The U.S. Department of Agriculture has submitted a draft rule country-of-origin labeling rule to the Office of Management and Budget (OMB) for review, according to an official who works for USDA's Agricultural Marketing Service.
The World Trade Organization recently required USDA to adjust COOL requiring U.S. retailers to clearly label where meat was raised and processed. WTO said although the U.S. can require meat labeling, current COOL rules do not meet WTO standards, and the U.S. has until May 23 to bring its COOL rules into compliance.
"While we cannot discuss the specifics of that draft rule, we can say that the draft rule proposes to modify the COOL labeling provisions for muscle cut meats including beef (including veal), lamb (including mutton), pork, goat, and chicken," said Sam Jones-Ellard, AMS public affairs specialist.
Jones-Ellard said he was unable to give an estimated timeline of when the rule would be published, but noted that all interested parties will have an opportunity to comment on any proposed regulatory action.
"We can assure you that any proposed changes to the COOL regulations will be consistent with our commitment to ensure that consumers are provided with accurate origin information as Congress intended," Jones-Ellard added.
In recent weeks a bipartisan coalition of senators led by Sens. Jon Tester (D., Mont.), Mike Enzi (R., Wyo.) and Tim Johnson (D., S.D.) called on USDA and the U.S. Trade Representative to ensure that consumers are still able to determine the origin of their meat while still providing some flexibility.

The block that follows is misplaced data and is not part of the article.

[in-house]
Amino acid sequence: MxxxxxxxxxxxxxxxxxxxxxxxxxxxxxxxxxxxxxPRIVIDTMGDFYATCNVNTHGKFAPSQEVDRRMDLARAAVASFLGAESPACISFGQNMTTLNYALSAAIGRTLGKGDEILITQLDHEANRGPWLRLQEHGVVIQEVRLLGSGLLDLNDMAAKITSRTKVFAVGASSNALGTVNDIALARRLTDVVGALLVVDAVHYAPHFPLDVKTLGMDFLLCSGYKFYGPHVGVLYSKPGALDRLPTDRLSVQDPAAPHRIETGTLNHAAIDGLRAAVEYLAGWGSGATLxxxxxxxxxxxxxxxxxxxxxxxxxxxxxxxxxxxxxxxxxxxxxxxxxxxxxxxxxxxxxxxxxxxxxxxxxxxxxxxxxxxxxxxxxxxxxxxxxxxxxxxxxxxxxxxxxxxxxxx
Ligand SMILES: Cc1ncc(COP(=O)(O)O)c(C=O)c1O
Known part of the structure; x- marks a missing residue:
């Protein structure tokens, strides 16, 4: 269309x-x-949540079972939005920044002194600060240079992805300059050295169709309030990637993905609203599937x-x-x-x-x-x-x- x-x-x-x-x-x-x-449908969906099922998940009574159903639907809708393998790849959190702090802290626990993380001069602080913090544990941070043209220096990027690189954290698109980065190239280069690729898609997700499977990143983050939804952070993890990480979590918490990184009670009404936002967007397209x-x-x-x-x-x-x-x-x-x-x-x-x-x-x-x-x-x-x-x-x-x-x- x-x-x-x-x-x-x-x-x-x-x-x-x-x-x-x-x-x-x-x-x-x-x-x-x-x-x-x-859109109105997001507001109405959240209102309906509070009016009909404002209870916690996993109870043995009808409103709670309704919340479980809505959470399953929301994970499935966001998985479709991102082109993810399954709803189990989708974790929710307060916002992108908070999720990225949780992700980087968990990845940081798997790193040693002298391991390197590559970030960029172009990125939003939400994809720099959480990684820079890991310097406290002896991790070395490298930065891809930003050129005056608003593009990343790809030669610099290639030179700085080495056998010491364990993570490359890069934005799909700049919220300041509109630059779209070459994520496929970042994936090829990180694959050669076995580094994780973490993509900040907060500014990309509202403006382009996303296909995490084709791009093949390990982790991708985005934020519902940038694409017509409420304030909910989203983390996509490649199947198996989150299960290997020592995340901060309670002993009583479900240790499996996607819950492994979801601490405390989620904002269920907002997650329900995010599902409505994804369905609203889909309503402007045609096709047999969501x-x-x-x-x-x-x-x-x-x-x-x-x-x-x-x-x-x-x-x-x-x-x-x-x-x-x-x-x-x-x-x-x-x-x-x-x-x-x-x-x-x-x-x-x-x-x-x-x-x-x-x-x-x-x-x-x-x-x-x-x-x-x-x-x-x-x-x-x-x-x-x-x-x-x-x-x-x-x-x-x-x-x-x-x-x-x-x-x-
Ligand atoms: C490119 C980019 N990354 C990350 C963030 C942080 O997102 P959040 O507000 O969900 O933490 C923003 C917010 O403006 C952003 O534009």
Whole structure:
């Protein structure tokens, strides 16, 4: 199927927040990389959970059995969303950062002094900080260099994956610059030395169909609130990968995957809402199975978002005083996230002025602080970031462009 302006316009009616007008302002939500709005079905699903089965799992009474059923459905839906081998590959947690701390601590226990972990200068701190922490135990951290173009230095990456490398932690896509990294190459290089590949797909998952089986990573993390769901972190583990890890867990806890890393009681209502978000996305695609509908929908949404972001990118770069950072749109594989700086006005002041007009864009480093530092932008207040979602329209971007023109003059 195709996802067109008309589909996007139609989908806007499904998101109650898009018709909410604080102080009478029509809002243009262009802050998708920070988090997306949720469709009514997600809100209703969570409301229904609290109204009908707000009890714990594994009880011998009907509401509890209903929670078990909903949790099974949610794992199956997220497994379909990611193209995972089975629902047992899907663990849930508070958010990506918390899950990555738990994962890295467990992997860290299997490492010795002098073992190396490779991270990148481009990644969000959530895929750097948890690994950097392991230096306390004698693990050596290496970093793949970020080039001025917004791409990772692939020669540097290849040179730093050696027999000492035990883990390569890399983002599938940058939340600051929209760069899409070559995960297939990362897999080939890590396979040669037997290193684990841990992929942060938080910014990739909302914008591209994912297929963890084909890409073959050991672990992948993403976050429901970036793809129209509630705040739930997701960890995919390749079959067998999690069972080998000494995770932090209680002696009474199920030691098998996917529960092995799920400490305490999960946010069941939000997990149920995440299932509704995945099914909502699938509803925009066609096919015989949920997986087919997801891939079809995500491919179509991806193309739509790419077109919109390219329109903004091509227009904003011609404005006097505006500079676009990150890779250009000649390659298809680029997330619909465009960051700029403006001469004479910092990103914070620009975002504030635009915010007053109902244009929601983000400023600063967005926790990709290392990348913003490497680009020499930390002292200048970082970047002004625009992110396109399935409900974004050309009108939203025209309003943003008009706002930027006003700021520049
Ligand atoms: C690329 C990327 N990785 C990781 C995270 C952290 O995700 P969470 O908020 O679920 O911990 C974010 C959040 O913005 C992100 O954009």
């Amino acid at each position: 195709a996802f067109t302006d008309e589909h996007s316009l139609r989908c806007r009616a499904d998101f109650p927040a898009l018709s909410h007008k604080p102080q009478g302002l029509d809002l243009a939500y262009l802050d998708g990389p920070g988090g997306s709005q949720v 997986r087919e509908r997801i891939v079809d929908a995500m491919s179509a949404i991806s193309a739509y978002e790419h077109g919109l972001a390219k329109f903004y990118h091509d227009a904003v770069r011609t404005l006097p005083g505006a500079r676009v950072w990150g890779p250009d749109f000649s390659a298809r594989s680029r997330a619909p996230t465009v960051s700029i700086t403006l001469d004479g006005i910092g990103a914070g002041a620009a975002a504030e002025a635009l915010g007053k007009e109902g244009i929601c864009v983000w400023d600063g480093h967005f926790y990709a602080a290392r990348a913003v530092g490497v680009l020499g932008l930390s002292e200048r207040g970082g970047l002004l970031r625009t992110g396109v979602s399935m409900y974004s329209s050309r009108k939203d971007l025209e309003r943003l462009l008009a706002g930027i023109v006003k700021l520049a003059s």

COOL was passed in the 2002 Farm Bill, but a final rule wasn't implemented until March 2009. Canada and Mexico challenged the ruling at the WTO and three panelists found that U.S. COOL reduces demand for cattle imports from Mexico and hog imports from Canada.
On December 4, 2012, the WTO issued a ruling that directed the United States to bring COOL into compliance with its June 29 decision by May 23, 2013. Since that time, the USDA and the USTR have been considering whether to modify the COOL statute through congressional action, modify the COOL regulations through an agency rulemaking, or do both.
The National Farmers Union (NFU) and the United States Cattlemen’s Association (USCA), released a legal analysis Feb. 12 that details the available options for successful U.S. compliance for COOL.
The analysis finds that USDA can come into compliance with the WTO appellate body by amending the COOL regulations. Their analysis found that compliance could be achieved by providing more information and more accurate details to consumers.
"It would not require producers or processors to collect additional information; it would merely require strengthening the regulations so that the information is provided to the consumer," a statement from the groups noted.